Cholinergic urticaria is a subtype of urticaria and it features with a sudden skin reaction. The condition occurs due to hypersensitivity to body heat. It typically develops after exercise, exposure to the sun, hot showers and saunas or it may develop after consuming spicy food. So all the previously mentioned stimulate the body to sweat and this consequently results in characteristic skin rash. To sum up, all the patients suffering from cholinergic uriticaria develop symptoms of the disease after they are exposed to any kind of stimuli which induce increased production of sweat.
Pathophysiology and Causes of Cholinergic Urticaria
The hypothalamus is the part of the brain in charge of regulation of body temperature. Once it detects increase in the body temperature it signals the sweat glands to produce sweat. This is achieved thanks to a neurotransmitter called acetylcholine. This neurotransmitter assists in degranulation of specific cells in the skin called the mast cells. The mast cells disintegrate and release histamine. Since plenty of mast cells release excessive amount of histamine rapidly this consequently activates inflammatory response of the nearby tissues. The very inflammation is in a form of skin flushing and the skin becomes sticky and prickly. Normally a release of sweat from the sweat glands ceases hypersensitive reaction. But in people suffering from cholinergic urticaria it is hard to release the sweat and this leads to specific symptoms and signs of the disease.
Symptoms of Cholinergic Urticaria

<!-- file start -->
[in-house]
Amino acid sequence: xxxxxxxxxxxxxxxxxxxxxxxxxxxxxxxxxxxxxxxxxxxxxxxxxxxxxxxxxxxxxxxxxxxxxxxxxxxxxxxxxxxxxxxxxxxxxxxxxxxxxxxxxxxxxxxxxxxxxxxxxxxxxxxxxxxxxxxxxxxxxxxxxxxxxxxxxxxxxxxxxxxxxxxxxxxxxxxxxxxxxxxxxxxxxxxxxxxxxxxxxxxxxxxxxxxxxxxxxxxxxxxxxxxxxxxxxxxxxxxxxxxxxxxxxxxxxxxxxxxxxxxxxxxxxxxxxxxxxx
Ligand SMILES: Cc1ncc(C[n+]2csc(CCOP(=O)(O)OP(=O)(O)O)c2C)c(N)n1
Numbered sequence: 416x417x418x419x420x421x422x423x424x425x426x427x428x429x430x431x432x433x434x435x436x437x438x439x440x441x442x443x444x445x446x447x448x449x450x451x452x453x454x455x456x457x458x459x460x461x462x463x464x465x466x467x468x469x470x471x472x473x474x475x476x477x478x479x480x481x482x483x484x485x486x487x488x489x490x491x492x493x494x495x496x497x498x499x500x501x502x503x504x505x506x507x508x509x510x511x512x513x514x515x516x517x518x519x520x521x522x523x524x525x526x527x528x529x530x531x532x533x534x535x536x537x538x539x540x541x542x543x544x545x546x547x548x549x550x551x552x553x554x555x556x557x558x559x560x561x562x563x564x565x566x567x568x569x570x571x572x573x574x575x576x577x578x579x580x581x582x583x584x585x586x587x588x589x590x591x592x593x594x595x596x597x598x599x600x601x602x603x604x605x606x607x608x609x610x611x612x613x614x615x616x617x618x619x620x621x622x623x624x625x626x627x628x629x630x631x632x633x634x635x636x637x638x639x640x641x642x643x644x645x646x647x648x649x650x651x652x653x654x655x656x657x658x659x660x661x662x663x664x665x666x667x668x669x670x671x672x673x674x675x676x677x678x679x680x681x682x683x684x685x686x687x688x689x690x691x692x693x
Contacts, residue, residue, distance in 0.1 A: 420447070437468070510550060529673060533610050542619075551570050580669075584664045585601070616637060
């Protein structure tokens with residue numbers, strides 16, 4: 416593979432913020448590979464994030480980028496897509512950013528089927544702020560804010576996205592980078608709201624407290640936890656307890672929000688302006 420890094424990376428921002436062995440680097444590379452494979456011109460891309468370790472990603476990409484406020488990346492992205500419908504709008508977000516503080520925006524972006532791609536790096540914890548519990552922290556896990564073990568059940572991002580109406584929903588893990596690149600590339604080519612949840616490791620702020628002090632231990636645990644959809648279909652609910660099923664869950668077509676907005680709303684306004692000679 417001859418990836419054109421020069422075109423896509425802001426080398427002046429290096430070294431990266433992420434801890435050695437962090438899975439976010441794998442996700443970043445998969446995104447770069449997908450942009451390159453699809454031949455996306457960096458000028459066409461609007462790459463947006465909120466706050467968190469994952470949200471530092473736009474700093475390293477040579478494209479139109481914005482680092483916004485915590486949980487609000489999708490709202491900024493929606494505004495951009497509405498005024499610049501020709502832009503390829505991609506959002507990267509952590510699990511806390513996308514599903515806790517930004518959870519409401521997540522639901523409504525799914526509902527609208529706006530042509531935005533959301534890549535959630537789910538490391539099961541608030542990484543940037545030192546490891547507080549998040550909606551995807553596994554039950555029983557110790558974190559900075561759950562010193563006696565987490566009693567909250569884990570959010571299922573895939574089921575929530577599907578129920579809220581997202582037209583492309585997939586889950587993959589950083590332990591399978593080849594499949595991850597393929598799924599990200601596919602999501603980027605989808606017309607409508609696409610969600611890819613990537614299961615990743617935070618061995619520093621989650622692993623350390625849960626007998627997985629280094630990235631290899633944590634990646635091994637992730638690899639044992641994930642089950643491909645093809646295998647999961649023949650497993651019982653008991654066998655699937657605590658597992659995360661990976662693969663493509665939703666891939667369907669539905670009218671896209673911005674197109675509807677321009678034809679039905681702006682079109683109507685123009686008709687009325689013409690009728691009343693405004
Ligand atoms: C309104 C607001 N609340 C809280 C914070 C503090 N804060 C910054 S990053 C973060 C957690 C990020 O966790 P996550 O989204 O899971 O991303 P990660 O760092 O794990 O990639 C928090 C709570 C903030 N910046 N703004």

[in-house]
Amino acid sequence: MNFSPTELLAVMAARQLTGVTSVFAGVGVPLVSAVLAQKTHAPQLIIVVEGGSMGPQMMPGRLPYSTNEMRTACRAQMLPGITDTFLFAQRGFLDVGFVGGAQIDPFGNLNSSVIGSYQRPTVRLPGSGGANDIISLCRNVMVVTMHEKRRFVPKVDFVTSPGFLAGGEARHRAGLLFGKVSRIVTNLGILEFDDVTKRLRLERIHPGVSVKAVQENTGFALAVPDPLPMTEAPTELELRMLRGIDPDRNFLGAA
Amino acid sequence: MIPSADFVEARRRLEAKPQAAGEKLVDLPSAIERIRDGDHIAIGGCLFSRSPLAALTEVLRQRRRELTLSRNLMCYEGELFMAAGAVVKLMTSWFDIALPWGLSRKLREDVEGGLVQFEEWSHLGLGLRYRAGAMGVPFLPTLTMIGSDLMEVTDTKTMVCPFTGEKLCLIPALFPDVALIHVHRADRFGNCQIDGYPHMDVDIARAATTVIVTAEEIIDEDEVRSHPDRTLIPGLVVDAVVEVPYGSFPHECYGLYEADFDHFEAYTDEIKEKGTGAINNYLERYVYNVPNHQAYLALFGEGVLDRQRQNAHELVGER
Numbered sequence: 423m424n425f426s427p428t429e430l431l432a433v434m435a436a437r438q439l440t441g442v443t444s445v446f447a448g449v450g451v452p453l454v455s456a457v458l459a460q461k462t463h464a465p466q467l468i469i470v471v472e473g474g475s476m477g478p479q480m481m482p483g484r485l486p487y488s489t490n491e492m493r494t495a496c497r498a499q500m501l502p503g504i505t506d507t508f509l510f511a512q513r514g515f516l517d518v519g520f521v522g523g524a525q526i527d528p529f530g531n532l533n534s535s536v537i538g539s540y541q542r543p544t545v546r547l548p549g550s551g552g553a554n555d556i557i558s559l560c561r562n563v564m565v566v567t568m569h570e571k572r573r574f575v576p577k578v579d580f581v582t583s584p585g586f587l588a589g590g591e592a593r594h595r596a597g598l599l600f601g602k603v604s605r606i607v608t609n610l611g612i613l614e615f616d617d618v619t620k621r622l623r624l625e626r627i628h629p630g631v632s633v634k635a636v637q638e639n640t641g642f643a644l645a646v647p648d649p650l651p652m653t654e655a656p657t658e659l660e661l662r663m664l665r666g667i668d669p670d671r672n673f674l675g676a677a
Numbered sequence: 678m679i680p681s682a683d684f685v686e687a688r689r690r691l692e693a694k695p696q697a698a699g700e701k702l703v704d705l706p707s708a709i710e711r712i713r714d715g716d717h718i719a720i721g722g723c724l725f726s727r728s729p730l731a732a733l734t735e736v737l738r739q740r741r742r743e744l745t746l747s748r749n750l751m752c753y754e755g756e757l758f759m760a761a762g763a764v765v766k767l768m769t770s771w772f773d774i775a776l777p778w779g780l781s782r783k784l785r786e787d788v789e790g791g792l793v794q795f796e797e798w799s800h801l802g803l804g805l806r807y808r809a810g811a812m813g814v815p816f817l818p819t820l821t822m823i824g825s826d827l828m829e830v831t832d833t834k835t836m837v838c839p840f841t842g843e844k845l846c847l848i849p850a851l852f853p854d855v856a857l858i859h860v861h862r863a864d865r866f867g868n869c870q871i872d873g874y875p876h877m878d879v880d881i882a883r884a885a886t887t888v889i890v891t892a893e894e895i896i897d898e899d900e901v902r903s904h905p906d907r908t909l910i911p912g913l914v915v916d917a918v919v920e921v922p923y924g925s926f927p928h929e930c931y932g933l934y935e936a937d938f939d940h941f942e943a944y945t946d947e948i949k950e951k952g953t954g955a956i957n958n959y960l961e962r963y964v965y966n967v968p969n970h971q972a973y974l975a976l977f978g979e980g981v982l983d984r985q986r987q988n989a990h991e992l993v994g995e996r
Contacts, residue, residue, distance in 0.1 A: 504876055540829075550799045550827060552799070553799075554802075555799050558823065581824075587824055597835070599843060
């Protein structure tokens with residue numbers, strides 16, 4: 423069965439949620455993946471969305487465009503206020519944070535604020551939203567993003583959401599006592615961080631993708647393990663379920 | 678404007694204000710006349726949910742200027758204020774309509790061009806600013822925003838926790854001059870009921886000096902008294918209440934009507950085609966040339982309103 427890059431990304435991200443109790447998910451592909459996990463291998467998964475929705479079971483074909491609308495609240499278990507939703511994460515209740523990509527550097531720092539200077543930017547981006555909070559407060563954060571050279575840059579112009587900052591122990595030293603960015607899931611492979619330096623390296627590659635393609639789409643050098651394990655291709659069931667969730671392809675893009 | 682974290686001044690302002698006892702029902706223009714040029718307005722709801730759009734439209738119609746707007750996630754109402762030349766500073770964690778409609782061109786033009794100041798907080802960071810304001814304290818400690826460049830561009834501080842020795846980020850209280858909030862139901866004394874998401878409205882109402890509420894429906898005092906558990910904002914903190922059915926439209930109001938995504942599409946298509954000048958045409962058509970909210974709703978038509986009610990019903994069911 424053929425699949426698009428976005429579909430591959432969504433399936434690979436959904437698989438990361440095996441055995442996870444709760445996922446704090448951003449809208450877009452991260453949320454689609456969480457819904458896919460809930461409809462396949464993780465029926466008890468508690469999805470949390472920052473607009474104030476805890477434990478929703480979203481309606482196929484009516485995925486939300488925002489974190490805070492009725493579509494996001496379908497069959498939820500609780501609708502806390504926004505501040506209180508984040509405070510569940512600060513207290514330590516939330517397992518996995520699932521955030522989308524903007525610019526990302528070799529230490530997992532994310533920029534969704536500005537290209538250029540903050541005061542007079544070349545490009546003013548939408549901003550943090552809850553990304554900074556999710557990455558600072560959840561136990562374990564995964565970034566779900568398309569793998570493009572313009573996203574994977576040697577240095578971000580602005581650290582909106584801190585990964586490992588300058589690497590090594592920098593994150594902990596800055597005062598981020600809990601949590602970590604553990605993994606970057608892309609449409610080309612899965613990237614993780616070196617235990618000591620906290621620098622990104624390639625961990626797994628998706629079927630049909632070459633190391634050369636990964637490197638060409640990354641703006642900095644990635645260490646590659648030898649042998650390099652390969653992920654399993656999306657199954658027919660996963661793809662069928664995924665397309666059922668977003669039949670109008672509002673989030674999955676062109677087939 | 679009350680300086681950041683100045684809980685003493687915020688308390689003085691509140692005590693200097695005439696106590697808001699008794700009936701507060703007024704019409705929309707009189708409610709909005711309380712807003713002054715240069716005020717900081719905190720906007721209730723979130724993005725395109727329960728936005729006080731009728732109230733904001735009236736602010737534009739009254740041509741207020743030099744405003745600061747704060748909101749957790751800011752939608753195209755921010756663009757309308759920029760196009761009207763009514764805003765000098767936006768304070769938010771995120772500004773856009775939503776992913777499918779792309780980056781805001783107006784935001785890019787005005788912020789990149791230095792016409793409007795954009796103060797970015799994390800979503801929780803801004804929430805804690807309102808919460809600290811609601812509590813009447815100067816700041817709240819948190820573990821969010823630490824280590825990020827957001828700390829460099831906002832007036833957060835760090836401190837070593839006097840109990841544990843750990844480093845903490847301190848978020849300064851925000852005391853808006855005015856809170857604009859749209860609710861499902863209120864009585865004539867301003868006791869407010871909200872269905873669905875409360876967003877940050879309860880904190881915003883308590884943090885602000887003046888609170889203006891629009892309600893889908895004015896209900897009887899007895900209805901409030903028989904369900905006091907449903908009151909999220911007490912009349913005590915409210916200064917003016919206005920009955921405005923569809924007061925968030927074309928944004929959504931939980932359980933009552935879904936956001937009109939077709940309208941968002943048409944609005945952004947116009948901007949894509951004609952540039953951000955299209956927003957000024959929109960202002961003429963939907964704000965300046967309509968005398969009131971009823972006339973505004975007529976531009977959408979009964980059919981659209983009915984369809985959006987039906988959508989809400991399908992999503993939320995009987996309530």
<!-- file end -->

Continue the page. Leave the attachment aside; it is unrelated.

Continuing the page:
People suffering from cholinergic urticaria start to experience unpleasant sensations the moment temperature of the surrounding starts to increase. The skin becomes extremely itchy and this sensation may affect each and every part of the body. Still, itching sensation most commonly affects the face, scalp and the upper torso. The person may also complain about prickling and tingling sensations. One more characteristic of cholinergic urticaria is flushing or reddening of the skin. Reddening of the skin occurs due to dilatation of the skin blood vessels. In some cases the skin is covered with small, pin point hives. Furthermore, skin changes may be in a form of small weals and raised welts but they only occur if the skin is vigorously scratched. And finally, there is generalized anhidrosis. A lack of sweat production is either partial or total.
Treatment for Cholinergic Urticaria
This type of urticaria is rather challenging to treat. It is essential for a patient to identify potential triggers and to avoid them. Since many people may feel the attack of urticaria coming on they may try rapid cooling and apply cold water or ice pack onto the skin. The doctors most commonly prescribe antihistamines. These medications are effective and may prevent outbreaks of cholinergic urticaria. Corticosteroids are prescribed only in a severe form of the disease.